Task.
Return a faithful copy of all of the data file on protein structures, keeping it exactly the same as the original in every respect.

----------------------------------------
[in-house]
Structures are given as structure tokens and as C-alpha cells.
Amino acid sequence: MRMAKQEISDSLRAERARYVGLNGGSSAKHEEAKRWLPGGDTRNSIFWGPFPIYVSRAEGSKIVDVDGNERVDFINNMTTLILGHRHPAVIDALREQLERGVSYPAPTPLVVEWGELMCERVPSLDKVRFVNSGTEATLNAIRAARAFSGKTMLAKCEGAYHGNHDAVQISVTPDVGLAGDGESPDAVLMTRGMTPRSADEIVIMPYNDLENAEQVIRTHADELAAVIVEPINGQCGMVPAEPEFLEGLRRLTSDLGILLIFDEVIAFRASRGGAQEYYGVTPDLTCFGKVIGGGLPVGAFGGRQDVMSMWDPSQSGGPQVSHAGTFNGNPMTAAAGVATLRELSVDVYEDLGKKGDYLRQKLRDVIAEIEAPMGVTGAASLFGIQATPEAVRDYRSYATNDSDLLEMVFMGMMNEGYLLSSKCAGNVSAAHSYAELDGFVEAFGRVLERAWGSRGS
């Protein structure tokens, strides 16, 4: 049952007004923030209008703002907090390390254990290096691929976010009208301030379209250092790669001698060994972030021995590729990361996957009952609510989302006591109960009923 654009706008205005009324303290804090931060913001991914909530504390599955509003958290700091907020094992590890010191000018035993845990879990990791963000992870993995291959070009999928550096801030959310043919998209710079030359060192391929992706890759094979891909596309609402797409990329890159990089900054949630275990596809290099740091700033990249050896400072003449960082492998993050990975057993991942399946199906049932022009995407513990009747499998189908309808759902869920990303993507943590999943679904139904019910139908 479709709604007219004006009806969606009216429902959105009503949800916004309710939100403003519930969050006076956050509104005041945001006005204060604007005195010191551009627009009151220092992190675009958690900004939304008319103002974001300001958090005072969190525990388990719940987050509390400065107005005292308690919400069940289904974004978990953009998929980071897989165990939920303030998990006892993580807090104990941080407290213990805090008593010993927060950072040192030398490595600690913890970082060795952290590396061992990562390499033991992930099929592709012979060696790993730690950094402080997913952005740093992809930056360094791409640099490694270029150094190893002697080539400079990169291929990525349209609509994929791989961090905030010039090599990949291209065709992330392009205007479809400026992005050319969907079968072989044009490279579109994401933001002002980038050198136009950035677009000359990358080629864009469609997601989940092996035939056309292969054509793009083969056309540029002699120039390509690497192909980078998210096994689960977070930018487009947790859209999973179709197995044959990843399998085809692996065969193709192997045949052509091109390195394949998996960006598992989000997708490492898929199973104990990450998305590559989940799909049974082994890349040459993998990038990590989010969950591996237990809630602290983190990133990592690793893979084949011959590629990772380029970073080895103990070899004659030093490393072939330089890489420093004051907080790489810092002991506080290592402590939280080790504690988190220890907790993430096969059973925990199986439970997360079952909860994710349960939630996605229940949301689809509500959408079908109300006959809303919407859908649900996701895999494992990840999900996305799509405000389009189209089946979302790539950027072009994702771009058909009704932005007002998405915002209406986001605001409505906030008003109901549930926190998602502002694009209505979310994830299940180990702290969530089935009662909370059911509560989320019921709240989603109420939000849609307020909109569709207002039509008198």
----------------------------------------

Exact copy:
[in-house]
Structures are given as structure tokens and as C-alpha cells.
Amino acid sequence: MRMAKQEISDSLRAERARYVGLNGGSSAKHEEAKRWLPGGDTRNSIFWGPFPIYVSRAEGSKIVDVDGNERVDFINNMTTLILGHRHPAVIDALREQLERGVSYPAPTPLVVEWGELMCERVPSLDKVRFVNSGTEATLNAIRAARAFSGKTMLAKCEGAYHGNHDAVQISVTPDVGLAGDGESPDAVLMTRGMTPRSADEIVIMPYNDLENAEQVIRTHADELAAVIVEPINGQCGMVPAEPEFLEGLRRLTSDLGILLIFDEVIAFRASRGGAQEYYGVTPDLTCFGKVIGGGLPVGAFGGRQDVMSMWDPSQSGGPQVSHAGTFNGNPMTAAAGVATLRELSVDVYEDLGKKGDYLRQKLRDVIAEIEAPMGVTGAASLFGIQATPEAVRDYRSYATNDSDLLEMVFMGMMNEGYLLSSKCAGNVSAAHSYAELDGFVEAFGRVLERAWGSRGS
């Protein structure tokens, strides 16, 4: 049952007004923030209008703002907090390390254990290096691929976010009208301030379209250092790669001698060994972030021995590729990361996957009952609510989302006591109960009923 654009706008205005009324303290804090931060913001991914909530504390599955509003958290700091907020094992590890010191000018035993845990879990990791963000992870993995291959070009999928550096801030959310043919998209710079030359060192391929992706890759094979891909596309609402797409990329890159990089900054949630275990596809290099740091700033990249050896400072003449960082492998993050990975057993991942399946199906049932022009995407513990009747499998189908309808759902869920990303993507943590999943679904139904019910139908 479709709604007219004006009806969606009216429902959105009503949800916004309710939100403003519930969050006076956050509104005041945001006005204060604007005195010191551009627009009151220092992190675009958690900004939304008319103002974001300001958090005072969190525990388990719940987050509390400065107005005292308690919400069940289904974004978990953009998929980071897989165990939920303030998990006892993580807090104990941080407290213990805090008593010993927060950072040192030398490595600690913890970082060795952290590396061992990562390499033991992930099929592709012979060696790993730690950094402080997913952005740093992809930056360094791409640099490694270029150094190893002697080539400079990169291929990525349209609509994929791989961090905030010039090599990949291209065709992330392009205007479809400026992005050319969907079968072989044009490279579109994401933001002002980038050198136009950035677009000359990358080629864009469609997601989940092996035939056309292969054509793009083969056309540029002699120039390509690497192909980078998210096994689960977070930018487009947790859209999973179709197995044959990843399998085809692996065969193709192997045949052509091109390195394949998996960006598992989000997708490492898929199973104990990450998305590559989940799909049974082994890349040459993998990038990590989010969950591996237990809630602290983190990133990592690793893979084949011959590629990772380029970073080895103990070899004659030093490393072939330089890489420093004051907080790489810092002991506080290592402590939280080790504690988190220890907790993430096969059973925990199986439970997360079952909860994710349960939630996605229940949301689809509500959408079908109300006959809303919407859908649900996701895999494992990840999900996305799509405000389009189209089946979302790539950027072009994702771009058909009704932005007002998405915002209406986001605001409505906030008003109901549930926190998602502002694009209505979310994830299940180990702290969530089935009662909370059911509560989320019921709240989603109420939000849609307020909109569709207002039509008198």